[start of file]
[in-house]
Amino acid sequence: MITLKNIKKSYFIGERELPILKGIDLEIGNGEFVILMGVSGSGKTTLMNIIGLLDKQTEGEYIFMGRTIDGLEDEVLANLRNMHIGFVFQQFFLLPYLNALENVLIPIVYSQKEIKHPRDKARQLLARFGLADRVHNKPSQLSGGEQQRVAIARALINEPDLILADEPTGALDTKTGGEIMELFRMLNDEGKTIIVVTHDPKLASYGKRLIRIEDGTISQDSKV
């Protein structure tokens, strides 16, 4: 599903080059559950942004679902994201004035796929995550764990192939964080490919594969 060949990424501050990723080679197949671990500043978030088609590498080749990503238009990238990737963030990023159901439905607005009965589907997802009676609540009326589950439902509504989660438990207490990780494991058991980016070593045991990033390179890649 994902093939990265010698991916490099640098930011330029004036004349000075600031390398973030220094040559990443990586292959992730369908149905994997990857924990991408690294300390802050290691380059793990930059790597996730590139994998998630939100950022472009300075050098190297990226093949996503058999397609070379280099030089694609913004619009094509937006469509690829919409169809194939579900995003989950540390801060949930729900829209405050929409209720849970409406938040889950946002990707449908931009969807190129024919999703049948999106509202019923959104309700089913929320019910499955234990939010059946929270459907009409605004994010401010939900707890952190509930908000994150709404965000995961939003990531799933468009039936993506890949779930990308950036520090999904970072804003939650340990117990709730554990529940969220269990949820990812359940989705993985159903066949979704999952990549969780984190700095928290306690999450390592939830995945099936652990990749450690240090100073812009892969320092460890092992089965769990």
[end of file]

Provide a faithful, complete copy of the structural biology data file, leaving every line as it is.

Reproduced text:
[in-house]
Amino acid sequence: MITLKNIKKSYFIGERELPILKGIDLEIGNGEFVILMGVSGSGKTTLMNIIGLLDKQTEGEYIFMGRTIDGLEDEVLANLRNMHIGFVFQQFFLLPYLNALENVLIPIVYSQKEIKHPRDKARQLLARFGLADRVHNKPSQLSGGEQQRVAIARALINEPDLILADEPTGALDTKTGGEIMELFRMLNDEGKTIIVVTHDPKLASYGKRLIRIEDGTISQDSKV
């Protein structure tokens, strides 16, 4: 599903080059559950942004679902994201004035796929995550764990192939964080490919594969 060949990424501050990723080679197949671990500043978030088609590498080749990503238009990238990737963030990023159901439905607005009965589907997802009676609540009326589950439902509504989660438990207490990780494991058991980016070593045991990033390179890649 994902093939990265010698991916490099640098930011330029004036004349000075600031390398973030220094040559990443990586292959992730369908149905994997990857924990991408690294300390802050290691380059793990930059790597996730590139994998998630939100950022472009300075050098190297990226093949996503058999397609070379280099030089694609913004619009094509937006469509690829919409169809194939579900995003989950540390801060949930729900829209405050929409209720849970409406938040889950946002990707449908931009969807190129024919999703049948999106509202019923959104309700089913929320019910499955234990939010059946929270459907009409605004994010401010939900707890952190509930908000994150709404965000995961939003990531799933468009039936993506890949779930990308950036520090999904970072804003939650340990117990709730554990529940969220269990949820990812359940989705993985159903066949979704999952990549969780984190700095928290306690999450390592939830995945099936652990990749450690240090100073812009892969320092460890092992089965769990």